9-year-old Indian chess prodigy wins visa battle to stay in UK

By Aditi Khanna
    London, Aug 10 (PTI) A 9-year-old Indian chess genius won his battle today to stay in the UK after the expiry of his father’s work visa as the Home Office made an exception in the case due to his "exceptional talent".
     Shreyas Royal has won a series of chess championships and is ranked number four in the world in his age group and has the potential to be a future world chess champion.
     But his father Jitendra Singh's IT-related visa was set to expire next month when the family was expected to return to India. A number of British MPs had intervened in the case to urge UK home secretary Sajid Javid to make an exception in Royal’s case due to his exceptional talent.
    "They [Home Office] just e-mailed me and told me they had considered my case and we are allowed to extend our leave to remain on Tier 2 general route," Singh told the 'Guardian' newspaper.
     "We are very happy and Shreyas is very happy. He jumped up on the sofa when he heard the news. I want to thank all those who helped and supported us... I would also like to thank the Home Office and the home secretary who considered our case," he said.
    The news was also welcomed by the English Chess Federation (ECF), which has been campaigning for the boy to stay on in the UK and hone his talent. ECF president Dominic Lawson said: "We... are delighted that our efforts to persuade the government to recognise Shreyas Royal’s exceptional talents have borne fruit."
    "When Jitendra got in touch with me this morning to tell me of the Home Office’s decision, it was obvious what it meant to him, his wife and of course Shreyas. We are also grateful to [the home secretary] Sajid Javid, for personally taking charge of re-examining the original decision of the immigration department," he said.
    In a joint letter to Javid last week, Opposition Labour MPs Rachel Reeves and Matthew Pennycook said the UK would lose an "exceptional talent" if Shreyas was to leave.
    Their letter said: "The UK should always encourage the world's brightest, most talented people to work and make their lives here.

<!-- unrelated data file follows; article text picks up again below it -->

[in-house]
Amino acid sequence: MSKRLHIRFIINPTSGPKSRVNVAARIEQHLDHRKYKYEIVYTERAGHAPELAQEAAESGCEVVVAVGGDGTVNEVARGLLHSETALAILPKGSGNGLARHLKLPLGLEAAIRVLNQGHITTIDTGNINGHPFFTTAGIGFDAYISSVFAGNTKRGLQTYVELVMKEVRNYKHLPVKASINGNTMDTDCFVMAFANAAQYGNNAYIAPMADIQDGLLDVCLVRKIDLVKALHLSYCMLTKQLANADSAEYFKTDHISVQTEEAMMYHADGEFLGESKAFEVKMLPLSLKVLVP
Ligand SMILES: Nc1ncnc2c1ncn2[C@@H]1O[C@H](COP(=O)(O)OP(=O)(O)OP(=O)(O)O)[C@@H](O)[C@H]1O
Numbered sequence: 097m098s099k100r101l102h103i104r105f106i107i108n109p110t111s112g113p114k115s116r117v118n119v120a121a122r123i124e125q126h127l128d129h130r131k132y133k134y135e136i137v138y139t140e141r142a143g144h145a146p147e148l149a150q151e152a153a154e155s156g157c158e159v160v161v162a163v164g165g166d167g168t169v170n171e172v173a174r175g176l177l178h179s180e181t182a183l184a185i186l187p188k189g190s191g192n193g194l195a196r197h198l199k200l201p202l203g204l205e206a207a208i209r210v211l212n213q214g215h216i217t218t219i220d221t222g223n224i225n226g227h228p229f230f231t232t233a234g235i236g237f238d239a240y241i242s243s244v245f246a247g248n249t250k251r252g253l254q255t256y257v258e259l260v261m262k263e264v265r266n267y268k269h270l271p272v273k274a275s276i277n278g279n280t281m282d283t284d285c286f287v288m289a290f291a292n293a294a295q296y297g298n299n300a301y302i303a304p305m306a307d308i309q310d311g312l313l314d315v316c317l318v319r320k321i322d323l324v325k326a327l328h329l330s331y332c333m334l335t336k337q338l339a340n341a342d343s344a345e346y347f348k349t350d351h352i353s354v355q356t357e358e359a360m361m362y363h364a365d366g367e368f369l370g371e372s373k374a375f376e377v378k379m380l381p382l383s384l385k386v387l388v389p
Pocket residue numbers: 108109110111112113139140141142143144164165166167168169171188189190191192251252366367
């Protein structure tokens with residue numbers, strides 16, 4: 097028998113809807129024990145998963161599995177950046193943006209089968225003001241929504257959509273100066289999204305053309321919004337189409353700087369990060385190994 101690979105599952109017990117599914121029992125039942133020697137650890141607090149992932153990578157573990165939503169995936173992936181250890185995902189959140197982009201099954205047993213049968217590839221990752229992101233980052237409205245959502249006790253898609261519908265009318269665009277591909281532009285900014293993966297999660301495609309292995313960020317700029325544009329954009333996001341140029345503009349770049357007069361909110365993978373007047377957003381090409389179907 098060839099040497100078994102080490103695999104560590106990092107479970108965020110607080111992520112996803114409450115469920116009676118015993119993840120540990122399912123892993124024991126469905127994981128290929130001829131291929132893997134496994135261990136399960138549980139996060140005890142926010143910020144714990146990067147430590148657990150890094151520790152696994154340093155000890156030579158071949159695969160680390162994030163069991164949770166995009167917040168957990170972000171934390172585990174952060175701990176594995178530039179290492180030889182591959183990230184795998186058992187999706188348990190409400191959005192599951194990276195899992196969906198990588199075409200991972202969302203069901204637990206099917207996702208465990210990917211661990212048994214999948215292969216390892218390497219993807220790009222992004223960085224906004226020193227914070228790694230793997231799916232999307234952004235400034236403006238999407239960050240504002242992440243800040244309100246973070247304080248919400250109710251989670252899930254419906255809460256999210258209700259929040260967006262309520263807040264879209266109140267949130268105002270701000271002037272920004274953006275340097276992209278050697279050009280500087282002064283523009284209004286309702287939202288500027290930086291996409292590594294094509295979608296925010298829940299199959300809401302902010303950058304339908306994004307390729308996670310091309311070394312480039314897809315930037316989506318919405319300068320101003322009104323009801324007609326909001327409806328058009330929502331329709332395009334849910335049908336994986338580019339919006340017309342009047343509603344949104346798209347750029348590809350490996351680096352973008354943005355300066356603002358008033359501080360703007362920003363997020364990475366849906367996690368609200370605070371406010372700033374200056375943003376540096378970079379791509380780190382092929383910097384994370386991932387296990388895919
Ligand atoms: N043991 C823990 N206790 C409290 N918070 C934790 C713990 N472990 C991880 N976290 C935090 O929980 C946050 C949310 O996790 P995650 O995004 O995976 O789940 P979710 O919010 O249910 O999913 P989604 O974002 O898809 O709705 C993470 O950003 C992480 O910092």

"Shreyas is recognised by the English Chess Federation as the country's greatest chess prospect in a generation."
    Shreyas, who was born in India, moved to the UK aged three with parents Jitendra and Anju Singh from Bangalore six years ago. His father was offered a fixed-term contract under the intra-country transfer (ICT) route as an IT project manager with the Tata Group in the company’s UK office. The only way he could have extended his visa for a further four years is if he earned GBP 120,000 a year.
    Reeves had said: "Government plan to force a chess prodigy to leave the country next month because his father earns less than GBP 120,000 a year.
    "The UK shouldn't be deporting its brightest young talent. Sajid Javid should intervene and allow Shreyas to stay in the only home he can remember.”
    The UK Home Office had responded saying that "every visa case is assessed on its own merits in line with immigration rules".
    Their intervention came as Shreyas’ parents had appealed to the UK Home Office on the grounds that Shreyas is a national asset but were told in a letter earlier this week that while he showed "immense promise" it did not mean he could remain in the country.
    The email received by the family on Friday read: “As advised during the call we have spoken to your employer ... and have agreed with them that you will be able to submit an application to extend your stay in the UK under the Tier 2 (General) route.
    "I would be grateful if you could let me know once the applications have been submitted so that I can ensure that they are processed smoothly."
    The Tata Group was happy for Singh to continue working for them in the UK on his current salary if the visa issue was sorted out and he was able to remain in the UK.
    Shreyas, nicknamed Shrez, learnt to play the game in Britain and has since represented England internationally. He is currently competing in the British Chess Championships, which could be his last UK tournament. PTI AK NSA